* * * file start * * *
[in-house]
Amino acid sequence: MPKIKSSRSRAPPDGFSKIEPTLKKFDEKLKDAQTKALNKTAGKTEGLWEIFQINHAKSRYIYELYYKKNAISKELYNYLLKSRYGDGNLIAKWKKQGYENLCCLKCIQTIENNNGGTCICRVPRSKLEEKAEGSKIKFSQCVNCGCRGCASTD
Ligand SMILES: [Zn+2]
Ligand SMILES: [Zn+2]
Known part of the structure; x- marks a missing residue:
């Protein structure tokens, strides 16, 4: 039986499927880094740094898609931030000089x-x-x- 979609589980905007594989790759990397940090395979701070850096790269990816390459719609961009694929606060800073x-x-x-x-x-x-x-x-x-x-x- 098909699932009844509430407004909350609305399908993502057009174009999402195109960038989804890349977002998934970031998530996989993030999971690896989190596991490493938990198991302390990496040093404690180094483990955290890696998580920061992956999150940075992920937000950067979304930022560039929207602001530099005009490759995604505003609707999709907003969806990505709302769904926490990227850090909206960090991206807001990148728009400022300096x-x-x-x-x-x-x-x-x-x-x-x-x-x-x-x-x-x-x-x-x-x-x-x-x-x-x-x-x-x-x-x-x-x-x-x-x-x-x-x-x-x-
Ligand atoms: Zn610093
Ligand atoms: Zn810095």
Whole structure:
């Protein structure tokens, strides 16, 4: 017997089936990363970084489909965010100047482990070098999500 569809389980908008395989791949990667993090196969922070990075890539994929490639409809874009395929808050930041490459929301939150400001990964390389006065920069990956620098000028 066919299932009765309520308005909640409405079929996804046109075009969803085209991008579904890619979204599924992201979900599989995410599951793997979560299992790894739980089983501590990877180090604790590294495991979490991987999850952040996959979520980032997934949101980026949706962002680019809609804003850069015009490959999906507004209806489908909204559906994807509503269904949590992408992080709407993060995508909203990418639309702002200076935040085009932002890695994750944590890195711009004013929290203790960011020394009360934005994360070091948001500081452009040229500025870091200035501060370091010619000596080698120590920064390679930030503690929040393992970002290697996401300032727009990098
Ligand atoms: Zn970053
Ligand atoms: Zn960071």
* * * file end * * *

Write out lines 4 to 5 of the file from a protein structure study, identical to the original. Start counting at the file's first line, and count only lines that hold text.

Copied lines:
Ligand SMILES: [Zn+2]
Known part of the structure; x- marks a missing residue: